The conditions have a massive effect on the individual, the national health service and the country. The cost to the NHS is estimated to be £600 million a year, involving more than 4 million general practitioner consultations each year. That number is set to rise. There were 10,000 knee replacements in 1989. Between 1985 and 1990—the years for which we have the most recent figures—the national rate almost doubled in patients aged between 65 and 84.
The cost to the individual is great. The major symptom of arthritis is pain. Indeed, 37 per cent. of people with arthritis are in pain all the time, and 60 per cent. have their sleep regularly disturbed. There is no cure, although joint replacement helps, and we still do not know the cause of many forms of arthritis.
For people in constant pain, the impact on established relationships can be dramatic. A spontaneous hug can cause excruciating pain, resulting in tension in the relationship. For people in work, arthritis can mean the abrupt end of a successful career: 50 per cent. of all people with rheumatism and arthritis are forced to stop working within five years of diagnosis—some because employers will not adapt the working environment to allow them to continue.
Arthritis does not only affect elderly people. Of the 8 million people whom I mentioned earlier, 1.2 million are under the age of 45 and more than 14,500 are children. For young people, there can be problems at school. The student may look no different from any other, but will need care, may need medication during the day and may have mobility problems. Teachers need to be aware of how to deal with the condition. Adaptation of school buildings is often suggested and, if not done, can result in a student's inability to take part in the full range of school activities.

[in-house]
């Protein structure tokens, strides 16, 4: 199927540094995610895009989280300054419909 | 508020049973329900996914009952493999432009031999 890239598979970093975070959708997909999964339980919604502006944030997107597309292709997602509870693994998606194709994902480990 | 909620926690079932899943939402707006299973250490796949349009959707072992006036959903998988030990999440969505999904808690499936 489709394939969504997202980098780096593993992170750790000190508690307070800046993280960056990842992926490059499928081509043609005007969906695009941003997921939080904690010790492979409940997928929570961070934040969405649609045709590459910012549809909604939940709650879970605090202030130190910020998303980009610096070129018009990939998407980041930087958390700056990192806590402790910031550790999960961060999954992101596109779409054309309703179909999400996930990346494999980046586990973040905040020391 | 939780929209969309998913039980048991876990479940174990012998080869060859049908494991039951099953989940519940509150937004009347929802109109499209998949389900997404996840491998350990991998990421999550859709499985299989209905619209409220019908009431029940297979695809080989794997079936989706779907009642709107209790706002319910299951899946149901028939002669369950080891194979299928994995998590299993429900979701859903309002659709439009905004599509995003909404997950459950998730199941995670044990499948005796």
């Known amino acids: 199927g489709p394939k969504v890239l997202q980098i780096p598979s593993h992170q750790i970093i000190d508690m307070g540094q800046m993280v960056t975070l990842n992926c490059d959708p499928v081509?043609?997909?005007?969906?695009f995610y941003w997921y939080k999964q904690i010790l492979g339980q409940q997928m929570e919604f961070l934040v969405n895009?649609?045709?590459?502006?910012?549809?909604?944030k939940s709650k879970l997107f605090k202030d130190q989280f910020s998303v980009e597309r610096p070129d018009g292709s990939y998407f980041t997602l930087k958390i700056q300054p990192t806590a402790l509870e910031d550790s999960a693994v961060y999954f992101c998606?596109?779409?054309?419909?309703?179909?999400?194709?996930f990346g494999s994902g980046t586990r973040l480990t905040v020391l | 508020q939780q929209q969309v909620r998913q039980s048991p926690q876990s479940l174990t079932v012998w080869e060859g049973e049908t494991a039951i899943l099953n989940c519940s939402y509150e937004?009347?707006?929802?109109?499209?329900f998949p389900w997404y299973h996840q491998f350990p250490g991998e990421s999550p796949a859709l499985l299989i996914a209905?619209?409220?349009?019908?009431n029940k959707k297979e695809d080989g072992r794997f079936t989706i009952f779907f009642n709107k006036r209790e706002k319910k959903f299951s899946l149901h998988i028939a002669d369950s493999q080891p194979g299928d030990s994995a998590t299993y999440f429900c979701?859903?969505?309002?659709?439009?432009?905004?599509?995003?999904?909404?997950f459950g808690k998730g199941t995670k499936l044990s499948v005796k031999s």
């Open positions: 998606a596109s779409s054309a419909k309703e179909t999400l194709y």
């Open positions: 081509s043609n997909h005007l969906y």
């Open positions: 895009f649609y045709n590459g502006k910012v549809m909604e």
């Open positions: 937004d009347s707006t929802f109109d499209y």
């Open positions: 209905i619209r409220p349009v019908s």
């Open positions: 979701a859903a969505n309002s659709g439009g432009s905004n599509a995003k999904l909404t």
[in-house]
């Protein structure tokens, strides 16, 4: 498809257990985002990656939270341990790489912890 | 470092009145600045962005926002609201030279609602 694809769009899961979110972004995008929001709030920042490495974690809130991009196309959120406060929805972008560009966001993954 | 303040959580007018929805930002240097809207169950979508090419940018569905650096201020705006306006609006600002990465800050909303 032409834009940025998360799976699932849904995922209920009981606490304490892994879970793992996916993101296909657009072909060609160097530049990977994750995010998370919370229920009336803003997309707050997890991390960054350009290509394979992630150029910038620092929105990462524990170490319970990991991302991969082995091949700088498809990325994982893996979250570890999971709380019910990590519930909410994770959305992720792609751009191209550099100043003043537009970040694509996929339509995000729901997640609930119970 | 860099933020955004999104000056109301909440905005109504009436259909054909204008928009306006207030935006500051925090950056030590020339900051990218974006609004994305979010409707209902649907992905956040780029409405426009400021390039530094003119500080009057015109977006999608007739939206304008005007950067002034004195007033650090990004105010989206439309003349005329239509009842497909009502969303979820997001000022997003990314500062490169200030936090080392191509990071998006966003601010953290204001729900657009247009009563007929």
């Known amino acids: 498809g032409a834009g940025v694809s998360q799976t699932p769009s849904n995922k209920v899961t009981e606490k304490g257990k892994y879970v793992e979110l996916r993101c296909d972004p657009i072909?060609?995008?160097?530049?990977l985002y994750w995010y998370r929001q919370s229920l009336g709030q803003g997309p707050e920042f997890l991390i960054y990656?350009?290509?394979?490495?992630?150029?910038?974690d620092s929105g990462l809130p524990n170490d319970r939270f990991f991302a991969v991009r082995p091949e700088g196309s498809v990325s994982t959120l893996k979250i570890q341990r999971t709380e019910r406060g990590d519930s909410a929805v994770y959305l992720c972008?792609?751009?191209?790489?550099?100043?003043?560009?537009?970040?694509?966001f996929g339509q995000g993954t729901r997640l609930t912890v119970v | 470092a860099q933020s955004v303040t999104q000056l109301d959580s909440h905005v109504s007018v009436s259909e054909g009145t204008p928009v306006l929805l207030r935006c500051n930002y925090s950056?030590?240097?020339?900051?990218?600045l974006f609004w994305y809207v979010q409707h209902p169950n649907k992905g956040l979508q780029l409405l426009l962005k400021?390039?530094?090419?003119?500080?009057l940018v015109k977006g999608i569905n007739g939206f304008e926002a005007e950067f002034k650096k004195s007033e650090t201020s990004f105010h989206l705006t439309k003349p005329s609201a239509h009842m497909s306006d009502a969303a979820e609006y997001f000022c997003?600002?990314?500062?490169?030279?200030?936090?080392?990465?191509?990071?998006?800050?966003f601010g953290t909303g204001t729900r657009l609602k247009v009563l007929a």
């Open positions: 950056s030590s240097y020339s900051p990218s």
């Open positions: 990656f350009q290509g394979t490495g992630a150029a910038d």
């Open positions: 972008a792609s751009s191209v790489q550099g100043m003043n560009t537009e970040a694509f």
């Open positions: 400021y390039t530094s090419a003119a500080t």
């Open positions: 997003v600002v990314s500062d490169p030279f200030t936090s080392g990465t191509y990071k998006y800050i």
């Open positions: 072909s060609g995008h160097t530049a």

A young man at the reception spoke of access problems. His choice of exam subjects had been restricted, and he felt that his life chances had been badly affected. Young patients may have time off school because of hospitalisation, and there must be better support for tuition in hospitals. Fellow students need to understand the condition and its impact on those affected.
If we as a Government are keen to promote social inclusion, the effects of arthritis must be considered, from access to buildings and services to access to goods—people with arthritic hands find it difficult, if not impossible, to cope with modern packaging.
Unlike sufferers from other chronic conditions, arthritis patients bear their own prescription charges. A recent study shows that the cost to the individual for drugs and adaptations or special equipment averages £4,000 a year. For many people, that is a considerable burden.
Although arthritis cannot be cured—as I mentioned, joint replacement helps in many cases—there is effective pain relief, and new drugs are being developed. Groups such as BLAR welcome initiatives such as the establishment of NICE—the National Institute for Clinical Excellence—and the Commission for Health Improvement, but they are 125 concerned that those should not become a barrier to access to treatment or a device for rationing. I would welcome my hon. Friend the Minister's assurance on that matter.
There is a need for further training for general practitioners and for consultant expansion, if the Royal College of Physician's target of one rheumatologist per 85,000 population is to be met. Currently in the UK, there are 420 consultants working in rheumatology in 242 rheumatology departments, so there is a long way to go. The best provided region is North Thames, with one rheumatologist per 154,384 population. I hope that my hon. Friend will look into expansion in this specialty.